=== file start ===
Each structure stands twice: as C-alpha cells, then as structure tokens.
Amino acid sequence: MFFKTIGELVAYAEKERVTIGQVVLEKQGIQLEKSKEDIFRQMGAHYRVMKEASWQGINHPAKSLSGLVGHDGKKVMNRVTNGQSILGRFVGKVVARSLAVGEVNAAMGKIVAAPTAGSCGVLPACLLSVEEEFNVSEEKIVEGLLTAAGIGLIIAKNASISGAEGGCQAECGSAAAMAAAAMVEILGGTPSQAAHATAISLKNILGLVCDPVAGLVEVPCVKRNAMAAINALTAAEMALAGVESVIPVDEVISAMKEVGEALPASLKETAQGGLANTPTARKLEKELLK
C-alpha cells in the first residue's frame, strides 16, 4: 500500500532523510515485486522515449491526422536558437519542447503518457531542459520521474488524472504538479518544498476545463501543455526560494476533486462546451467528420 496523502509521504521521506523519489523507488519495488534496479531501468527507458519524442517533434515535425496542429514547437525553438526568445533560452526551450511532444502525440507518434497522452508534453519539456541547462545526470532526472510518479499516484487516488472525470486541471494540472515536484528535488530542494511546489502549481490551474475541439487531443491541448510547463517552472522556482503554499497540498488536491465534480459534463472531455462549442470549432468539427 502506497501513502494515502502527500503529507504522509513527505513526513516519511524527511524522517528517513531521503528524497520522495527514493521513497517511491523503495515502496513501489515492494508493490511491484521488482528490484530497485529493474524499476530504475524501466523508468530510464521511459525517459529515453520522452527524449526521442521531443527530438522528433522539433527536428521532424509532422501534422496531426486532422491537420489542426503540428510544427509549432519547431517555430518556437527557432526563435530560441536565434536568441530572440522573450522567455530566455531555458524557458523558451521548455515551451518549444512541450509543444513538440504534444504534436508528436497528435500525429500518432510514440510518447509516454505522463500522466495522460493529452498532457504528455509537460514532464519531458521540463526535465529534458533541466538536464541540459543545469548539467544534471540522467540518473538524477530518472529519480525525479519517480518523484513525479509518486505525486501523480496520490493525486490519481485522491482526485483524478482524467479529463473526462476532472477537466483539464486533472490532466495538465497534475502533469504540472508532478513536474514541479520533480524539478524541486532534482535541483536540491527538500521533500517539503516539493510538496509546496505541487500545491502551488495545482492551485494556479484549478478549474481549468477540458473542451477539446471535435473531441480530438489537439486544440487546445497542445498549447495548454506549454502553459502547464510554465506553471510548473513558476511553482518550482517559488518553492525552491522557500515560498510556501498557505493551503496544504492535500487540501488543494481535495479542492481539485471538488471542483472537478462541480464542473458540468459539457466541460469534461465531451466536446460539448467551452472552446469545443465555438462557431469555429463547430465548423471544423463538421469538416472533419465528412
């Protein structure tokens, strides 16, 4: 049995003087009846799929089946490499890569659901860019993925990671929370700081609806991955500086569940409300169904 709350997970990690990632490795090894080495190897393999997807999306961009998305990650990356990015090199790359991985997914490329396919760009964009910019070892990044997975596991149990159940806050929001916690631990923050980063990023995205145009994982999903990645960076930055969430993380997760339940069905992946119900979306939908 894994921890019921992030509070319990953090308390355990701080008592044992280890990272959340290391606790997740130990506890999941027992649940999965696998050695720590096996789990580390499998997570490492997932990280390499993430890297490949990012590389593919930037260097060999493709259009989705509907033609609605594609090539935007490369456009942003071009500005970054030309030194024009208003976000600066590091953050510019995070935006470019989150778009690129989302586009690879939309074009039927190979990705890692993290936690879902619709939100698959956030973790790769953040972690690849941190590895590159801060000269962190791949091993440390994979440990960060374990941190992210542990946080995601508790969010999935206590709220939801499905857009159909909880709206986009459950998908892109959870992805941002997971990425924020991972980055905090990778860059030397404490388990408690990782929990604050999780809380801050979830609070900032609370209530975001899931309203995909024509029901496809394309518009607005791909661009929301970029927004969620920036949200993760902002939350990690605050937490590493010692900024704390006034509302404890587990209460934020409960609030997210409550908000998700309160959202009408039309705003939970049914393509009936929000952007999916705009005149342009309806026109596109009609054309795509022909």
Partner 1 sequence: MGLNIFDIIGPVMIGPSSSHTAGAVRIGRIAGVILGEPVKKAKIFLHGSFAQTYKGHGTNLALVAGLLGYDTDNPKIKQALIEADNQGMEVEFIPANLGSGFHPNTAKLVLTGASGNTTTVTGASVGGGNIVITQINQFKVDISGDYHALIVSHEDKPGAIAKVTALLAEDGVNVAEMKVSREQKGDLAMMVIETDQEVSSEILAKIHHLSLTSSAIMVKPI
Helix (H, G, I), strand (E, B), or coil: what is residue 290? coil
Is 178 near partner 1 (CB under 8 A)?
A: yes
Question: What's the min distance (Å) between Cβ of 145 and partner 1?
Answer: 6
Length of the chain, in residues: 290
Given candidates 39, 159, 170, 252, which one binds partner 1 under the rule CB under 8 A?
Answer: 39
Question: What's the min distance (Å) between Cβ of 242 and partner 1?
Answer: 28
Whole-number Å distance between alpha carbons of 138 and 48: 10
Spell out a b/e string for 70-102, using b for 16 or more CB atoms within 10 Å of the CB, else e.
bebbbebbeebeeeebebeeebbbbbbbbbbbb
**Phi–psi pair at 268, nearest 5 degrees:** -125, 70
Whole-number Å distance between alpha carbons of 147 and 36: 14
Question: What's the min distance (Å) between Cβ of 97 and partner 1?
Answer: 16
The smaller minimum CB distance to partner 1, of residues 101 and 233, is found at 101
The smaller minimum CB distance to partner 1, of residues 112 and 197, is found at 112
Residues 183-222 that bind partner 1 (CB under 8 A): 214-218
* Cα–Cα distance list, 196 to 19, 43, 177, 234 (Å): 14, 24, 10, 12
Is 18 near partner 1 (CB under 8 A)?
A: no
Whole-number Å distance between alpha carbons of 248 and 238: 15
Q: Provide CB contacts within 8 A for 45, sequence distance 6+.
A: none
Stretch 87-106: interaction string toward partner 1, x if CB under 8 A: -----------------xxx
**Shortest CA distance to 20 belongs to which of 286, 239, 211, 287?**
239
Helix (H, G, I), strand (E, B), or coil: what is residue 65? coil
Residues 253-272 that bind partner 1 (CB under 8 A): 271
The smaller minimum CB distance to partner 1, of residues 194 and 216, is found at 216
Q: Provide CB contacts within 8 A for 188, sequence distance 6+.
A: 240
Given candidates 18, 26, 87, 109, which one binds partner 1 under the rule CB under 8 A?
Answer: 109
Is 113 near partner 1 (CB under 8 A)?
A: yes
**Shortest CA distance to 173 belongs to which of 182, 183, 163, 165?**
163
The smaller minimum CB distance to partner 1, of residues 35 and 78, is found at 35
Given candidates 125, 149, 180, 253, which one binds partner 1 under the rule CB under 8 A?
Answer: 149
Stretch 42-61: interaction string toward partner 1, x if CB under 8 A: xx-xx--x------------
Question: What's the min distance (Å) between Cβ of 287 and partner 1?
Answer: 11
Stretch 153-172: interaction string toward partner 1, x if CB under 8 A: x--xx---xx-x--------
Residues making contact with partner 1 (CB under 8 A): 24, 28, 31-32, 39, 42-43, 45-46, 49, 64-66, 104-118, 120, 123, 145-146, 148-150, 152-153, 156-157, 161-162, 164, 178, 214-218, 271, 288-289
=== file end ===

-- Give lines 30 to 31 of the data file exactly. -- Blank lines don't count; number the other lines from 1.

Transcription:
Q: Provide CB contacts within 8 A for 45, sequence distance 6+.
A: none